The Compound Camera is a twenty-foot inflatable installation composed of 109 pinhole cameras, each of which projects a slightly different view of the surrounding environment onto its interior surface. The structure's flexible fabric invites visitors to push on and distort the projected images, allowing them to play with the fundamental properties of light, optics, and vision in a tangible way. In our increasingly digital world, the Compound Camera offers an analogue perspective; it reminds us that relatively simple construction methods and old technologies can continue to profoundly impact how we perceive our surroundings.
Opaque ExteriorThe piece looks like an opaque, dark space from the outside.Cassidy Batiz
Translucent InteriorThe inside wall displays many images of the outside environment.Cassidy Batiz
Immersive SpaceImages fully encompass visitors creating an immersive space.Cassidy Batiz
Fractured RealityEach inflated cell displays a slightly different image than the cells surrounding it, creating a multiplied and fractured whole.Cassidy Batiz
Soft and SquishyThe firm inflated fabric encourages spectators to touch the piece.Cassidy Batiz
Fully AnalogMany visitors looks for projectors or wires to explain the experience.Cassidy Batiz
Adjustable Focal LengthThe focal length can be changed by pushing the cell in, bringing different objects in the "scene" into focus.Cassidy Batiz
Bulbous SurfaceAir pressure causes the wall to expand into pleasing round cells.Cassidy Batiz
Diagram of ExposureThe Compound Camera acts as a diagram of how exposure levels work in modern cameras.Cassidy Batiz
Double Membrane InflatableAir pressure is encapsulated in the wall. Visitors are never actually entering the pressurized space.Cassidy Batiz
Outside and Inside InteractionsOnce visitors understand that they are viewing the outside environment, they will often go outside and dance in front of the cameras.Cassidy Batiz
Geodesic GeometryFlat pentagon and hexagon panels are joined in a geodesic pattern to create a dome.Cassidy Batiz
The first cameras ever created were called "camera obscuras," meaning "dark room" in Latin. A camera obscura utilizes a simple optical phenomenon a pinhole placed on the exterior of a darkened chamber allows a small amount of light to travel through the chamber and project an inverted image of whatever is outside onto the opposing surface. Observations of this phenomenon date back as far as 500 B.C.. This ancient technology has been used over the years by artists, and, with the addition of lenses, serves as the foundation to all modern cameras.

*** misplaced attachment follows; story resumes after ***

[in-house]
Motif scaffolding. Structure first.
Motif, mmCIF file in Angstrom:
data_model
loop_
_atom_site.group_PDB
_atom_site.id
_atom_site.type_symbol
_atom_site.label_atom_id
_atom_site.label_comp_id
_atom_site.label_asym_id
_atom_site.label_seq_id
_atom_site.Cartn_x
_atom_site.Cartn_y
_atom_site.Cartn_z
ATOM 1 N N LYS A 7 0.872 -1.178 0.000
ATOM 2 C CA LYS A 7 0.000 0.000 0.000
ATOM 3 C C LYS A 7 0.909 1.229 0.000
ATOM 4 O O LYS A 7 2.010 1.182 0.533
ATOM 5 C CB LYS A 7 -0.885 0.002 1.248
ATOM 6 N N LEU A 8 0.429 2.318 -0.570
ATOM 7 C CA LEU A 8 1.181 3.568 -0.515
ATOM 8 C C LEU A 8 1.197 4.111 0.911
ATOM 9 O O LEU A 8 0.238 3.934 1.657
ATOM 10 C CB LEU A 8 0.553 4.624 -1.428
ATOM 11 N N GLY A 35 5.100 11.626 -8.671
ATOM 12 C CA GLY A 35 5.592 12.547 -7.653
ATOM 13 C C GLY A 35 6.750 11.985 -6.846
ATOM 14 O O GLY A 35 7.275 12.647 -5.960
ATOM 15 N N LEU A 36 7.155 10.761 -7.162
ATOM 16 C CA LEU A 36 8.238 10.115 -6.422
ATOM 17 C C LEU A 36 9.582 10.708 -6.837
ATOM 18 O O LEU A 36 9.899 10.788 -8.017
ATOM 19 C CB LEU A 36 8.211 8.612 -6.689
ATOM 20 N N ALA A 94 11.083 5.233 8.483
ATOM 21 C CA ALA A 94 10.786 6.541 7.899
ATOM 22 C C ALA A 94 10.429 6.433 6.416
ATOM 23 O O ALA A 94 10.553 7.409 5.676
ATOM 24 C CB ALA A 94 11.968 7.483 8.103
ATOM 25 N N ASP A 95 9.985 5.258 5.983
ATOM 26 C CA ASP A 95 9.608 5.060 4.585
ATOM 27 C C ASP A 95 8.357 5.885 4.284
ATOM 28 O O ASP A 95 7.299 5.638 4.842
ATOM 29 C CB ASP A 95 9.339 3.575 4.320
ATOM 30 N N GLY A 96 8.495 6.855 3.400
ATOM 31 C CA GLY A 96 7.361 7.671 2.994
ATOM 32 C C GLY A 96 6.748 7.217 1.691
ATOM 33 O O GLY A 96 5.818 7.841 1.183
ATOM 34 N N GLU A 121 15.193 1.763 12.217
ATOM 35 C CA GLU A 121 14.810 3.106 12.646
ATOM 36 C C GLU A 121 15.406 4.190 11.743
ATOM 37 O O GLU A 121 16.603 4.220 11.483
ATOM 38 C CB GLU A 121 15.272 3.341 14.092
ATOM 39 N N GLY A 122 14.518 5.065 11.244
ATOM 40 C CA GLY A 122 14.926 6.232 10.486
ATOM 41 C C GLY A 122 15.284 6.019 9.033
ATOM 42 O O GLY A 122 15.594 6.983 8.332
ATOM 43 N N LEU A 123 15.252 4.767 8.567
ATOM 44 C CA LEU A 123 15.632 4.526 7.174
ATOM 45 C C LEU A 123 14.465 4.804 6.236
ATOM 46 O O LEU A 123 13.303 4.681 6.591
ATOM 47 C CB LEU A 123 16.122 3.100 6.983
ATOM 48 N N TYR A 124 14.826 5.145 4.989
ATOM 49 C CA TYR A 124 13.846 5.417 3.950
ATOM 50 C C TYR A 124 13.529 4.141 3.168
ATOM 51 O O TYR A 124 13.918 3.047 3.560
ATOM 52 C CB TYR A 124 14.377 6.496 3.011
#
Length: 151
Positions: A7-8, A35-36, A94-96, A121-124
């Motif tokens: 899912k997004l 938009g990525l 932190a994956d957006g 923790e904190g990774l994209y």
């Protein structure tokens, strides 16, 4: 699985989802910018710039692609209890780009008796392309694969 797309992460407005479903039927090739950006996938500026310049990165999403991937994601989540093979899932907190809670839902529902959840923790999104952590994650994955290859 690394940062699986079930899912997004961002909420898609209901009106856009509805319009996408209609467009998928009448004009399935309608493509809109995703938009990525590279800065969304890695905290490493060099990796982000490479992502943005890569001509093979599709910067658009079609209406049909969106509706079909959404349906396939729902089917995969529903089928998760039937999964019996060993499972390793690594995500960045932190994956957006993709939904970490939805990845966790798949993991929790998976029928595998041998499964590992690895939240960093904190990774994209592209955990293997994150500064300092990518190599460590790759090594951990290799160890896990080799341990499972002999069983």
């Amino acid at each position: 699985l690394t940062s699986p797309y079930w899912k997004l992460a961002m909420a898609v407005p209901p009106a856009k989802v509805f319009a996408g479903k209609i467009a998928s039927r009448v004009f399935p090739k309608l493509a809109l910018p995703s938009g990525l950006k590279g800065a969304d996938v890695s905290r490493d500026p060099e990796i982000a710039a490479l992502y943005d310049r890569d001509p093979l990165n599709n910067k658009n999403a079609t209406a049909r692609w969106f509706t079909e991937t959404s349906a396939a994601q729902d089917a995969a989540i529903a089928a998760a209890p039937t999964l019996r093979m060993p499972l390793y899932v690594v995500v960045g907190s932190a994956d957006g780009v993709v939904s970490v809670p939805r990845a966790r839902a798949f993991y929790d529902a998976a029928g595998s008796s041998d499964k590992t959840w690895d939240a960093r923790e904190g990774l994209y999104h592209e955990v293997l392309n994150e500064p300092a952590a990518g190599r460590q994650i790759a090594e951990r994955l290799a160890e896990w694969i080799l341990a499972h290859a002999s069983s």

The Compound Camera builds on the same principles as the traditional camera obscura, with a few tweaks. For one, while most cameras use rigid materials, the Compound Camera it is a flexible structure made entirely out of light blocking fabric and air. Second, each of its 109 cells contains a single magnifying glass over the pinhole that focuses the incoming light to create a crisp image without having to increase the volume of the cell. These hexagonal cells, which are each a small camera, are arranged in a geodesic pattern to form a dome, giving viewers a novel experience of their surroundings that can be compared to being inside a fly's compound eye.
Much of the inspiration for this piece comes from the biology underlying human perception. Many people don't realize that at any given moment we can only see a two-dimensional representation of whatever is in front of us. It is only after our brains stitch together multiple images from different perspectives that we perceive our surroundings to be three-dimensional. The Compound Camera puts many perspectives on a single surface, revealing the multi-layered nature of vision and challenging visitors' perception of their world. Its pneumatic flexibility simultaneously introduces an element of play into this experience, allowing visitors to tangibly tap into their own curiosity while facilitating an exploration of the fundamental properties of light and optics.